Mani Ratnams problematic take on adoption

BY Lalita Sridhar| IN Media Practice | 03/05/2002
Mani Ratnams problematic take on adoption

Mani Ratnams problematic take on adoption


The noted filmmaker has taken up the subject of adoption only to orphan it at the altar of commercial concerns.


By Lalitha Sridhar


Mani Ratnam`s newest film "Kannathil Muthamittal" (loosely translated, a kiss on the cheek) is anything but. The noted filmmaker has taken up the subject of adoption only to orphan it at the altar of commercial concerns. Mainstream Indian cinema has been rightly accused of trivializing and/or avoiding real issues more often than not. The only rays of silver lining all that celluloid are to be found in the visions of the men and, rarely, women who occupy the director`s chair. Some of them earn a certain reputation for being more true and appreciably sensitive. Mani Ratnam is one such star whose sparkle shines through all the tinsel. Or does it? When the director chooses to approach subjects which demand a greater courage, he seems to fall short. And how.

In "Anjali" he was lauded for looking into the world of a mentally ill child. But it was a very short look - the story had her die in the end, as one activist friend put it "very conveniently" - doing away with the need to address the questions which hound parents of differently abled children, including long-term care and its attendant issues. In "Dil Se" ("Uyire" in Tamil) his heroine was a suicide bomber. A gorgeous one, the very sight of whom compelled the hero to chase her to the ends of the earth (or India, in any case). In "Kannathil Muthamittal" too, Mani Ratnam chooses to enter the issue of terrorism but refuses to take a side on it. Why, he even goes to the extent of giving big eyes and normal dreams to those who propound it - look, he seems tell us, how human these human bombs are. Films like Gulzar`s "Maachis" also turned terrorists into key players who sing songs in their spare time. But these directors insist they are not glamorizing misguided youth simply because they have written their deaths into the end of their scripts - as if the futility of an endeavour is enough to convey its wrongness.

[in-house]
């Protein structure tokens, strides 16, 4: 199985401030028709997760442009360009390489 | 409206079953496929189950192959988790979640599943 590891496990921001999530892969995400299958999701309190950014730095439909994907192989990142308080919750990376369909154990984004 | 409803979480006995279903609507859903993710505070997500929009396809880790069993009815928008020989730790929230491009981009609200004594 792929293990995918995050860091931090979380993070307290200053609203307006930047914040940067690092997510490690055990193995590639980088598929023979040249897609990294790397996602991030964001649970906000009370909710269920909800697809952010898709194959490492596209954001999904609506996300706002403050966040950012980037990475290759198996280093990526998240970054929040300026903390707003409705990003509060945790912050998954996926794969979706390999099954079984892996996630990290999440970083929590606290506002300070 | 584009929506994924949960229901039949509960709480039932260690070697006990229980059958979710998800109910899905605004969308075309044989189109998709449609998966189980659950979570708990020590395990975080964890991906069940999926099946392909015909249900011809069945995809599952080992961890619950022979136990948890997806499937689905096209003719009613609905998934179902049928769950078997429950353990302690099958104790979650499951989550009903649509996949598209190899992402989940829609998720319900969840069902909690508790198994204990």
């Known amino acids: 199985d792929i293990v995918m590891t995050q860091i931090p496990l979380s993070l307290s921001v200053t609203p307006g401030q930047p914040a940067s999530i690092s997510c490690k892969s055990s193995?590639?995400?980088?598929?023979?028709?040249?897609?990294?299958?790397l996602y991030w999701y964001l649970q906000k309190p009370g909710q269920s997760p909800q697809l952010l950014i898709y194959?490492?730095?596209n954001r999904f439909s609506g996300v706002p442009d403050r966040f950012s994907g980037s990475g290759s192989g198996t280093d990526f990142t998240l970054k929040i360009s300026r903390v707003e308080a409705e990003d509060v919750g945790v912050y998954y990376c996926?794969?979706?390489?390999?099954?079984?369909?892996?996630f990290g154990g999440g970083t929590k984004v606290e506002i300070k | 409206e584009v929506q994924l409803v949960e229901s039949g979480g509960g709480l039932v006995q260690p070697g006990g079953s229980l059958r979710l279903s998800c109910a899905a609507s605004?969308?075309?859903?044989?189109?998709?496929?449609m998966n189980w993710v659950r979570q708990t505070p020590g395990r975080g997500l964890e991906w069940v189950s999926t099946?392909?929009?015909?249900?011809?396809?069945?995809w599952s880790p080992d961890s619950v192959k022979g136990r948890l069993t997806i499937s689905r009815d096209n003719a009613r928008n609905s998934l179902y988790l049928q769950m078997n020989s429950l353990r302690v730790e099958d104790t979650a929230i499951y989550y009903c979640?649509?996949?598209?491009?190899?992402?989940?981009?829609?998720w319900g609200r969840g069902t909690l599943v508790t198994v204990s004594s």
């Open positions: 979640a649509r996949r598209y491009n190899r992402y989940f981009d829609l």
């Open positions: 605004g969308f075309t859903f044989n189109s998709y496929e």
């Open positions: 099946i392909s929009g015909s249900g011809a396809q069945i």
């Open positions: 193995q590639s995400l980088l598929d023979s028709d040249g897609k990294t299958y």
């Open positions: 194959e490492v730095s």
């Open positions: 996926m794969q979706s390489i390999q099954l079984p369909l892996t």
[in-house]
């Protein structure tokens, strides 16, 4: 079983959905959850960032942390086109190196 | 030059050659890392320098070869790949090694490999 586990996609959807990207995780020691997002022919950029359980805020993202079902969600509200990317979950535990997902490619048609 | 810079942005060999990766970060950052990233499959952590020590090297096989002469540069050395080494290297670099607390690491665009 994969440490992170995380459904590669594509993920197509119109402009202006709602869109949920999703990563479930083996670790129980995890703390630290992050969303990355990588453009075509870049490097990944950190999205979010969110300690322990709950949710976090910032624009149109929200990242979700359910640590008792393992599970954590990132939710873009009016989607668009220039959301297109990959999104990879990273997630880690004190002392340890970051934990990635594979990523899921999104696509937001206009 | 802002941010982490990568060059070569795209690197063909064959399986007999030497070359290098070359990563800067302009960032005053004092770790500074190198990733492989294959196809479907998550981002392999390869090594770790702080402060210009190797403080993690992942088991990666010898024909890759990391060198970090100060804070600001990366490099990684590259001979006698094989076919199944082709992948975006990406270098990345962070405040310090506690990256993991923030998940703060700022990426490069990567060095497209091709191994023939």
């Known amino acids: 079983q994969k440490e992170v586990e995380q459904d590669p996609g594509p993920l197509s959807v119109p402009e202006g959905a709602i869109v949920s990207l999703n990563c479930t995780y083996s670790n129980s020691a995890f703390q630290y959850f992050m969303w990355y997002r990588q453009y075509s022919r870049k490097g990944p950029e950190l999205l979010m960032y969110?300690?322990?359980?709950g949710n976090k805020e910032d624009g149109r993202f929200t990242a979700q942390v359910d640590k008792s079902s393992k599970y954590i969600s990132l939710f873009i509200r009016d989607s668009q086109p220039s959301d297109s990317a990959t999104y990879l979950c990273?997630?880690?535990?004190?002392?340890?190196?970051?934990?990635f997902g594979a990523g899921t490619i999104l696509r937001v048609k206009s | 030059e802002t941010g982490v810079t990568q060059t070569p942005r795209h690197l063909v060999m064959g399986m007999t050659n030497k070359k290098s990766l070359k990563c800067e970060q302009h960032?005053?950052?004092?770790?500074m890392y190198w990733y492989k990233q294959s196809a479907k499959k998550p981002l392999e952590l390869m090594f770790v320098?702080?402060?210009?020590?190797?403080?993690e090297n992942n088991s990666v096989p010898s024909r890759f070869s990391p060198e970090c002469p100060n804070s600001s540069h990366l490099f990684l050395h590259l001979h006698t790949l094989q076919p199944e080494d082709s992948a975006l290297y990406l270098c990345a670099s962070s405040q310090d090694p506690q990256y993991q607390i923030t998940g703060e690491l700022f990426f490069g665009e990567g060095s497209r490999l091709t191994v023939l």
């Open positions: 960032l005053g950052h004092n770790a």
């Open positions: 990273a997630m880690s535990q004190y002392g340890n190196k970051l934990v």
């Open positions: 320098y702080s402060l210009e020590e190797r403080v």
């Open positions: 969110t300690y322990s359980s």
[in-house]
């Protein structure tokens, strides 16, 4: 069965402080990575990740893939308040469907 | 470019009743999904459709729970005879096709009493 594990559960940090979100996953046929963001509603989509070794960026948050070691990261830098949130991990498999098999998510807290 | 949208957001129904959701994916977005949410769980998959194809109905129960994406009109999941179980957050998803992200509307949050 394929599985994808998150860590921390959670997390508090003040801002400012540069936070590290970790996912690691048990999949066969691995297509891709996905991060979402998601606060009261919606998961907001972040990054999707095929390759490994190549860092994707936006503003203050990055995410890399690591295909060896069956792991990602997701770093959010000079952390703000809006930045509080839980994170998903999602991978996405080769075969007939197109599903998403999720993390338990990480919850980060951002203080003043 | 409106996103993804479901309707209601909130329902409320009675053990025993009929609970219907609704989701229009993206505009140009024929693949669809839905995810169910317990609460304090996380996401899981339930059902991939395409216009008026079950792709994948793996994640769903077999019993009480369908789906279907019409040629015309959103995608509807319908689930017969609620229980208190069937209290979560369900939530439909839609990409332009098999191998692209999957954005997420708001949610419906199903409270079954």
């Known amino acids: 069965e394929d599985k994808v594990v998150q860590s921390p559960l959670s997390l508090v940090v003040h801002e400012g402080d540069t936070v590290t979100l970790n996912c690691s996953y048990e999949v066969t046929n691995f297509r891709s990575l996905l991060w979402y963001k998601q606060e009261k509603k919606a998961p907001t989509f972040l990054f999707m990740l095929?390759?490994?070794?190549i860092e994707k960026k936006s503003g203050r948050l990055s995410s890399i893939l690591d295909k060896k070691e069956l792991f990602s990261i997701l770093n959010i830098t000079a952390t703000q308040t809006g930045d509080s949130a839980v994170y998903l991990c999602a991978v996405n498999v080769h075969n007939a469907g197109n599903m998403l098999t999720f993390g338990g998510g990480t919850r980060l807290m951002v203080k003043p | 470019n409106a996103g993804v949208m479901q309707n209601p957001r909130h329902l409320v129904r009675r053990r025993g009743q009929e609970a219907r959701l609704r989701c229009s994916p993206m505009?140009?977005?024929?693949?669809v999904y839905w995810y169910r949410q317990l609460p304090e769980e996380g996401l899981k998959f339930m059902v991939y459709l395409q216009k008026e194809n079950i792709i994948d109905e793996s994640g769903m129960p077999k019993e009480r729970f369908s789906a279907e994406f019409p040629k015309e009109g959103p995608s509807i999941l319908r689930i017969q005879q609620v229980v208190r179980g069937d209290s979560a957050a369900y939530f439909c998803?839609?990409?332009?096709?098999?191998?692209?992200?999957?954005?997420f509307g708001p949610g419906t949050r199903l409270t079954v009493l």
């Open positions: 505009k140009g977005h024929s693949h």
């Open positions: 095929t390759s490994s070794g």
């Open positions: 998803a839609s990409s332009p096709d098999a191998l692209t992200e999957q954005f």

His latest offering, Mani Ratnam would like us to believe, is a child`s view of the world. But since the script is loyal to her voice only patchily, that vision becomes blurred early on. In the meanwhile, simply because his story considers it necessary, the issue of adoption is treated with excessive emotion and little credibility. This is what happens : Thiru, a popular and idealistic writer, early in his career, chooses to adopt a baby abandoned in a Sri Lankan refugee camp in Rameswaram. He is single and the romance angle is woven into the story by making it look like only married couples can adopt a child (the director justifies this as the policy of that particular orphanage but the misleading impression remains). Nine years later, Amudha (for that is the name of the dearly loved girl) is told on her birthday that she is an adopted child. This pivotal scene is handled with amazing callousness - the child is taken alone to a secluded part of a beach, the mother refuses to participate saying she cannot face her and the father announces in one irritating moment of distracted child`s play - "nee yenga ponnu illai" (you are not our daughter). Would any adoptive parent choose those (untrue, unless we want to rethink adoption altogether) words to make such an announcement? Besides, all the drama surrounding the revelation seemed to imply (as a foregone conclusion) that the news was terrible (why should the parents be so defensive?). The scenes of Amudha`s extreme reaction, which follow, confirm exactly that. Such cinematic flourish is more than self-indulgence or creative largesse - it extracts a terrible price from the issue of adoption which is then used as a vehicle to address the director`s warped take on terrorism.

The child, who is unnecessarily made out to be extra special and extra loved right from the beginning (the couple also have two boys), holds the family to ransom by behaving more like a rebellious adolescent than an innocent pre-ten. She runs away from home on two occasions and literally forces her parents to fly to a beautiful and war-torn Sri Lanka searching for the woman who abandoned her (all captured brilliantly by Ravi Chandran`s camera). Here they go searching,

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